The fourth in writer-director Barry Levinson's series of loving looks at his native Baltimore (following "Diner," "Tin Men," and "Avalon"), this 1999 film takes place over the course of the year between the fall of 1954 and fall of 1955. Ben, a high school senior, befriends a black student named Sylvia. His older brother Van crashes a party in the WASP section of town and falls for a blonde debutante. Both Jewish boys see new worlds open and barriers hold them back: Sylvia gives Ben tickets to see James Brown and Dubbie, the debutante, shows Van she is not exactly the girl he took her for. Meanwhile, the boys' father Nate (Mantegna) sees his burlesque house losing business to TV, loses his shirt to a small-time pusher named Little Melvin (Jones), and is forced to go into partnership with the criminal. Anti-Semitism, race relations, the coming of age (and rock and roll!), and fathers and sons are all explored here, in a somewhat ambling, sweet, and not-too-intense fashion.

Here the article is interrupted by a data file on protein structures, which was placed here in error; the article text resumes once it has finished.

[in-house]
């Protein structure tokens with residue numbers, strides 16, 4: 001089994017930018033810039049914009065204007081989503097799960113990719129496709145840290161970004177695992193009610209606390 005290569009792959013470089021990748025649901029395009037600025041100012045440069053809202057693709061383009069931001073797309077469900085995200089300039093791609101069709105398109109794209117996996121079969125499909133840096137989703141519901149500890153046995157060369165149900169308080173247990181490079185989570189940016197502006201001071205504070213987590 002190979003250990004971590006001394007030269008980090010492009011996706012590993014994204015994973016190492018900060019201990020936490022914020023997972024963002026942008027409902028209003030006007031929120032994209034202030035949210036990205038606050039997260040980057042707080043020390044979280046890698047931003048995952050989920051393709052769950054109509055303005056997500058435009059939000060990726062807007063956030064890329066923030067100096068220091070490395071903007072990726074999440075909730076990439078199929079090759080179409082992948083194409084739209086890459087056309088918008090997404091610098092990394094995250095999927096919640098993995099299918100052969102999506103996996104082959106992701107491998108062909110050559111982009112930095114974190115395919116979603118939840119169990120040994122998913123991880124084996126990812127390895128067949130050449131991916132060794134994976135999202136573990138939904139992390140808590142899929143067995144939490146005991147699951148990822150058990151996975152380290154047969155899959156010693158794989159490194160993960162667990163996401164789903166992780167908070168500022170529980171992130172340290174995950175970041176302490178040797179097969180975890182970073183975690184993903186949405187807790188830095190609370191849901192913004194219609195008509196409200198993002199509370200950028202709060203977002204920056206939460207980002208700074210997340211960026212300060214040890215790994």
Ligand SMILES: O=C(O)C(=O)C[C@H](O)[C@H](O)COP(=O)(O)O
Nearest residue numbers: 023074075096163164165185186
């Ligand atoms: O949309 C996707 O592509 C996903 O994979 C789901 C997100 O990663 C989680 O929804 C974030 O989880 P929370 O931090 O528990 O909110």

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The review of this Movie prepared by David Loftus